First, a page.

FOUNDER STORIES: Becky Xu, Throw-A-Weigh
By Julie Jung
Who is Becky Xu?
Becky is a recent UT Austin Alum who graduated in the spring of 2021 with a Bachelor’s in Computer Science and minor in Business Foundations. She is now working as a software engineer for Nike. She also continues work on her passion project, the startup Throw-A-Weigh, that she co-founded when an undergraduate.
Before coming to UT, Becky had “zero to no experience with entrepreneurship.” She didn’t expect herself to be in the position she is in now because college was initially meant to be a place for her to complete her degree. Then she realized there was so much opportunity in Austin and its startup community. She first immersed herself in entrepreneurship through the UT College of Natural Science’s Inventor’s Program. Her and her co-founders’ passion for food and public health helped them create the idea behind the startup and her technical skills helped them leverage the startup.
What is Throw-A-Weigh?
Throw-A-Weigh is a Green Tech startup aimed at reducing food waste in grocery stores and vendors. The startup works to help manage and measure food waste. Most stores don’t have exact measurement systems. Even if they do, they are non-uniform measurements that vary drastically from ounces to cubic centimeters. The creators of Throw-A-Weigh wanted to facilitate data driven solutions. The first step for them was to find a problem and collect data to understand the problem. Becky and her co-founders decided to pursue Throw-A-Weigh as a venture because of her experience with the Food and Health curriculum at UT. In the course, Becky was given a problem statement and asked, “What, Where, and Why of food waste?” While the startup is still in the prototype development process, Becky hopes to continue with this project and plans to collaborate with the UT Senior Design Program for further support and array of fresh ideas.
Becky’s experience with DisrupTexas and the McCombs Entrepreneur Summer Fellowship.
Speaking on DisrupTexas, Becky says that, “DisrupTexas was [Throw-A-Weigh’s] first major pitch competition and the first time I had to prepare a pitch deck and form a persuasive argument for why we needed funding.” After going through a lot of accelerators posted on the UT Startup Ecosystem, this helped Becky and her co-founders develop the venture tremendously. DisrupTexas was a great opportunity to transition Throw-A-Weigh from a school project to a business idea and to meet new people and discover other avenues. Furthermore, it pushed the founders into thinking more about developing their business strategy. “Everything comes down to how we market and who we choose to serve,” Becky says.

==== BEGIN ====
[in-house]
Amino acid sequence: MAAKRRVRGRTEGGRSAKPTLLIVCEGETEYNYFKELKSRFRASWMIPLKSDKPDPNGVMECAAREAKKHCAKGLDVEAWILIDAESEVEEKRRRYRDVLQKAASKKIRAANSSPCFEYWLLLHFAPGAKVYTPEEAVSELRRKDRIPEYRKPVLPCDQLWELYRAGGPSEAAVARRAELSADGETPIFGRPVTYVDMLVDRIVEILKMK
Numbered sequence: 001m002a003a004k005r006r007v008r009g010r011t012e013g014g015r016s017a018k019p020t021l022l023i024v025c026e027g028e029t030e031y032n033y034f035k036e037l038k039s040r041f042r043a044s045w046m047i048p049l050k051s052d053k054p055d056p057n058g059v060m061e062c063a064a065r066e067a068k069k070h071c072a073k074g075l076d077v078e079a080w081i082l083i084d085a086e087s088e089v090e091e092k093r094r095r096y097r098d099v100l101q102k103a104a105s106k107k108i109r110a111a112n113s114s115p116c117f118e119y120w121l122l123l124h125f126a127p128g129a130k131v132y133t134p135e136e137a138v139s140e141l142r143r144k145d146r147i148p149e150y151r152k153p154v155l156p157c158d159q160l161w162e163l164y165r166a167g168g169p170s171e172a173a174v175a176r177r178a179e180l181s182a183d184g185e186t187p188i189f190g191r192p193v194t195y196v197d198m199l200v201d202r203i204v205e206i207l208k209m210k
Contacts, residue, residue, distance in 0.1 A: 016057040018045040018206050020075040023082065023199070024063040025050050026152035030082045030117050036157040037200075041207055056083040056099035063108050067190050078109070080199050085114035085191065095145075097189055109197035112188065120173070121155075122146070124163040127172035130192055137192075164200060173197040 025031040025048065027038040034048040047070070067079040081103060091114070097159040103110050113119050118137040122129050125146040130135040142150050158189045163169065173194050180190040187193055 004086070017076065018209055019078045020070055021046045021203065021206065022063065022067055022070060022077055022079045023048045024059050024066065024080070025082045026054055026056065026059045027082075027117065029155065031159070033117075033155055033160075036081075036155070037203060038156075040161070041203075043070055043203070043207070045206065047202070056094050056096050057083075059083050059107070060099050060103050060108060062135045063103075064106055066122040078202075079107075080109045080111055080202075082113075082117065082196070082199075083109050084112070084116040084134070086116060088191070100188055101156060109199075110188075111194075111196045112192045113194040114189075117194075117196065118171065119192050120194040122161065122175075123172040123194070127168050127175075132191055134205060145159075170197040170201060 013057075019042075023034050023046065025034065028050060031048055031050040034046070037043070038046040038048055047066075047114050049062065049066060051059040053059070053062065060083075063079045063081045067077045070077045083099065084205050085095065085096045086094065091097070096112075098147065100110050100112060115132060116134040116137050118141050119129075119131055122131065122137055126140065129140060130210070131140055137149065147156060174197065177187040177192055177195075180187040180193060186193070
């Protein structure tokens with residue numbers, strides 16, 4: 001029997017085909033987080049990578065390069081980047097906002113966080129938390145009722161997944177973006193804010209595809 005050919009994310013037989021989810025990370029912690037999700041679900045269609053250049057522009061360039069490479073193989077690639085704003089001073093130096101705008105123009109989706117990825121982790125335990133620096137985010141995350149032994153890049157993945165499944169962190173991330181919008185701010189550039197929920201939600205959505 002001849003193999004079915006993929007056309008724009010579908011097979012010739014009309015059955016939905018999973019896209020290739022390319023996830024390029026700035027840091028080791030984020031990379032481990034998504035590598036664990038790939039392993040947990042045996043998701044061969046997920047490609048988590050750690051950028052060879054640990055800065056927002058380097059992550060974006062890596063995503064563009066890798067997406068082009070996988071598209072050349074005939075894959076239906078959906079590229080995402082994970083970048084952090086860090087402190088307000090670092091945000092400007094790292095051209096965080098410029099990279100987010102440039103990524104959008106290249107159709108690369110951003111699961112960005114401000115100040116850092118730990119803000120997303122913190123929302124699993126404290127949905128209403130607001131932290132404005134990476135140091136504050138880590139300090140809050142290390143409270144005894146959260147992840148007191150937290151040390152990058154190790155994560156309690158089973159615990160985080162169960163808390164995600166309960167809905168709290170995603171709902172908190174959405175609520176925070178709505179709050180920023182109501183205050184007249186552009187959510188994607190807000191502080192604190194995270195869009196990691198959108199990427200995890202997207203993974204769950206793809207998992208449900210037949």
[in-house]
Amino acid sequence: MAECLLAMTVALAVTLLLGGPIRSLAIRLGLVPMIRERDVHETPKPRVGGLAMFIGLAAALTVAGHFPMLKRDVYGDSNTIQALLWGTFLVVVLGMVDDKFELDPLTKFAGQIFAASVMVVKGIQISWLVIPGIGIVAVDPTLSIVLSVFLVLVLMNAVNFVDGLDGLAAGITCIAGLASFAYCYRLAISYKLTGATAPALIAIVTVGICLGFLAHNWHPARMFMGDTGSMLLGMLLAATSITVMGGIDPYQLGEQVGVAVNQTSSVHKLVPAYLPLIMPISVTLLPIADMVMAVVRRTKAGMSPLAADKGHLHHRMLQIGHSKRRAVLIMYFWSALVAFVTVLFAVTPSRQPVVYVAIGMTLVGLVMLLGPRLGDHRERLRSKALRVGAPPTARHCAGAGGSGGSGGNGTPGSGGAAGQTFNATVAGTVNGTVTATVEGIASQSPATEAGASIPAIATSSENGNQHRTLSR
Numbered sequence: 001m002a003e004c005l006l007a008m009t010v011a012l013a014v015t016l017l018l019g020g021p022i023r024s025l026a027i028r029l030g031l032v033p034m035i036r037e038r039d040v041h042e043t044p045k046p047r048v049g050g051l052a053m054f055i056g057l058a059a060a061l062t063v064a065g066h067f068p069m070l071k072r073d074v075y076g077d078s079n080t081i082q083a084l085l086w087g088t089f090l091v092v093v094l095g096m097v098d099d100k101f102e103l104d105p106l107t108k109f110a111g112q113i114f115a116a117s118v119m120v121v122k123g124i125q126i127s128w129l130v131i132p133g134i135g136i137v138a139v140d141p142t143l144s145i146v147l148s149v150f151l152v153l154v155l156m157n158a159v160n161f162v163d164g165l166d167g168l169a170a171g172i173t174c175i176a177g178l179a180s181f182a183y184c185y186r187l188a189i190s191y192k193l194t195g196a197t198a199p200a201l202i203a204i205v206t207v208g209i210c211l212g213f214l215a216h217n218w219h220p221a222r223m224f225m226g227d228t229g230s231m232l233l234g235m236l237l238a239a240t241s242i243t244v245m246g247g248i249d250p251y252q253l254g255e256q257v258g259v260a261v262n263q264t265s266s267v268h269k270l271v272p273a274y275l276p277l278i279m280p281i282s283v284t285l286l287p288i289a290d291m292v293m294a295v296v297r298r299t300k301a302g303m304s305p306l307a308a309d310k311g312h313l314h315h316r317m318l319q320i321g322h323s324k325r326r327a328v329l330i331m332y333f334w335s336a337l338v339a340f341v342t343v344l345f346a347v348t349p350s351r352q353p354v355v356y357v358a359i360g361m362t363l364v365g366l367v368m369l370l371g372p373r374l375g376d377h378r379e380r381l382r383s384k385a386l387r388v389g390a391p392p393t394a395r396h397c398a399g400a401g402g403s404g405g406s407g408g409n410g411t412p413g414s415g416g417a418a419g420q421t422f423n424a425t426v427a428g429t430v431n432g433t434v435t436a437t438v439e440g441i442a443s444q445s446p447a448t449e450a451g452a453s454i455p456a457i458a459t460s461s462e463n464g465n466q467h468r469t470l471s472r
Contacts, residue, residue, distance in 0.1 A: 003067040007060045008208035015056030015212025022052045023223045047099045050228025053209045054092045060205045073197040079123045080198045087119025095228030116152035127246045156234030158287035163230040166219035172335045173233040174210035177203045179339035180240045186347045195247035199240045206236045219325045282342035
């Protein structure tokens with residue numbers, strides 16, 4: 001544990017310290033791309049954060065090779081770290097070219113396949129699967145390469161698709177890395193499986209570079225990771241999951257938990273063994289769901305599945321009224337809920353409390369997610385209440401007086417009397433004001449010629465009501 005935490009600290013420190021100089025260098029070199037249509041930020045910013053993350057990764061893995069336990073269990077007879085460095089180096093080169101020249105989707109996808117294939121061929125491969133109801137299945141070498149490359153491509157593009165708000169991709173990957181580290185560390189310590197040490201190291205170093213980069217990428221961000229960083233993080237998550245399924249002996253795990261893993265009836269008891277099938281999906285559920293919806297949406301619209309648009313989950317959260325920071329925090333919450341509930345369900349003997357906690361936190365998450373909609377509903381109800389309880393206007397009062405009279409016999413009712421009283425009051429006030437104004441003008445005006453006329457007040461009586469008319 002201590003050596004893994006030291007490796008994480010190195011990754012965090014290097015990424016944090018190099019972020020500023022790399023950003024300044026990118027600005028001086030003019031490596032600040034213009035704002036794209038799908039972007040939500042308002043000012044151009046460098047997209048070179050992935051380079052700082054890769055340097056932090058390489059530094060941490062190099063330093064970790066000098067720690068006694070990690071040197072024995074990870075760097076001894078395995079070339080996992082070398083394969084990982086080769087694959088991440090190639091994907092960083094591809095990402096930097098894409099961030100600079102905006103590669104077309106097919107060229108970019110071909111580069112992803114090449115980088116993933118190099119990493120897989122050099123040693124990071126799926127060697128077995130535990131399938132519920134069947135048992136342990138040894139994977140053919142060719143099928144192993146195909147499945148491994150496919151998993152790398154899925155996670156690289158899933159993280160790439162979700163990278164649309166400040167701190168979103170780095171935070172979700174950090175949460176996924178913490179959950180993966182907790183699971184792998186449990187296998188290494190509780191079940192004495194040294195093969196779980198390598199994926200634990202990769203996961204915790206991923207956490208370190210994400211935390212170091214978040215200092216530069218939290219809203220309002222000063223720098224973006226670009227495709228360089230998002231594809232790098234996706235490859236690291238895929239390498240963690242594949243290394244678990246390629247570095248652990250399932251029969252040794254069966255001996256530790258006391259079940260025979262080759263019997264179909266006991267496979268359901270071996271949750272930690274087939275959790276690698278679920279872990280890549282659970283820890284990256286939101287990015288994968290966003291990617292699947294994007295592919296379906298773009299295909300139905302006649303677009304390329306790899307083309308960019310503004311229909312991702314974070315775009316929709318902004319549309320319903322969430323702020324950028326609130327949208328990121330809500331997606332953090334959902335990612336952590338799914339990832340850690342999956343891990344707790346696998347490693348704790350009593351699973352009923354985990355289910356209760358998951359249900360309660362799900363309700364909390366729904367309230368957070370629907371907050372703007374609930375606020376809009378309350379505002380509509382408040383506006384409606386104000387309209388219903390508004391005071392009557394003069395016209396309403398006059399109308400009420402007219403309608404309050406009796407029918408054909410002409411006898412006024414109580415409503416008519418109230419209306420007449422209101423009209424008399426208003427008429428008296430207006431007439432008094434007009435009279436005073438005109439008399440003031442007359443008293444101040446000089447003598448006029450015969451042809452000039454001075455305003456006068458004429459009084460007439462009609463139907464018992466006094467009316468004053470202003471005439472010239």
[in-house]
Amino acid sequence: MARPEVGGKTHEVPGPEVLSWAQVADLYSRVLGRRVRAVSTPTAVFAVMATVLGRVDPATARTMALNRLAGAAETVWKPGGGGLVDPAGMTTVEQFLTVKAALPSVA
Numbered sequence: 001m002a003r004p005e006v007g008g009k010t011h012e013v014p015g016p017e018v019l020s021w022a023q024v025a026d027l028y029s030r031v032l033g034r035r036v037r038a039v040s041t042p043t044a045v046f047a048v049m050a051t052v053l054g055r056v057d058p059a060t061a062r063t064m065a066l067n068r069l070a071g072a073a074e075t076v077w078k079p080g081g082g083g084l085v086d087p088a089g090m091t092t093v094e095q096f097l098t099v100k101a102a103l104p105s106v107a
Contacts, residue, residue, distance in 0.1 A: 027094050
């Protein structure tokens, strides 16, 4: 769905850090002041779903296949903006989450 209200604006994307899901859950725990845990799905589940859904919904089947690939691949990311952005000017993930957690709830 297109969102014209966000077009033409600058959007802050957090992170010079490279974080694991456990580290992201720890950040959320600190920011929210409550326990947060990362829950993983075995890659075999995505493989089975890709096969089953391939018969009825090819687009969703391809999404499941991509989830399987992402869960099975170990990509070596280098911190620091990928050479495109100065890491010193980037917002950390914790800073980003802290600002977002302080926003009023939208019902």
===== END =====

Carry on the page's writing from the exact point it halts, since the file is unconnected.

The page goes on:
As for securing a McCombs Entrepreneur Summer Fellowship, Becky was proud of the validation the win provided the team and their idea. As well as thankful that, as their first foray into the UT entrepreneurship space, the Fellowship got them on the path to where they are today. The support helped Becky believe more in the possibility of commercializing Throw-A-Weigh, “and how it could be expanded into much more than just a class project.”
Next Steps for Becky and Throw-A-Weigh?
The venture did not only give Becky a passion project that she devoted most of her non-class time to as a student, but opened her eyes and got her fully immersed in Austin’s startup community. Throw-A-Weigh has gifted Becky valuable, supportive connections with other student entrepreneurs. “It is just exciting to see that we are all on this journey together,” she says, as her peers constantly share tips and tricks for pitching, funding, and upcoming competitions.
On the horizon for Throw-A-Weigh is a final pitch round of MEDA in late fall in Minneapolis, where a million dollar financial contribution will be divided between the winning team. As mentioned before, the team has submitted an application for the Cockrell Senior Design Program where they seek to leverage resources from the engineering school and bring in contributions from other UT students.
Becky’s top tips to Student Entrepreneurs?
1. Step out of your comfort zone.
“As an introvert myself, I would have never wanted to set foot on stage before my entrepreneurial journey. But, I quickly realized that once you find something you’re passionate about, it becomes so easy to be vocal and want to speak to others about it.”
2. Fail fast and learn from it.
“Try interactive hands-on experiences. You can learn and improve through feedback.”
3. Do something and go from there.
“Try out CNS design sprints- They’re low commitment and you can see if you like the experience first before jumping in.”
4. Find your people-co founders and colleagues.
“UT is such a big campus and there are so many brilliant people out there. I strongly suggest student entrepreneurs find their people and just start communicating their ideas with them.”
When asked the question “Do you consider yourself an entrepreneur and what does the word “entrepreneur” mean to you, Becky replied, “I guess I would say I’m an entrepreneur. I consider myself a life-long learner because in the entrepreneurial world there are so many things I don’t know and even if I do know it’s just the tip of an iceberg. I like how there’s never really an end to learning in entrepreneurship. Seeing ideas coming to life and connecting with people is inspiring.”
ABOUT THE SERIES
The Herb Kelleher Entrepreneurship Center’s FOUNDER STORIES are monthly blogs that allow the Center to highlight students working on entrepreneurship and innnovation at UT Austin. Our blogs feature UT student founders and spotlight their ventures, recent accomplishments, and any specific entrepreneurship resources they have utilized to accelerate their startup or grow their entrepreneurial mindset.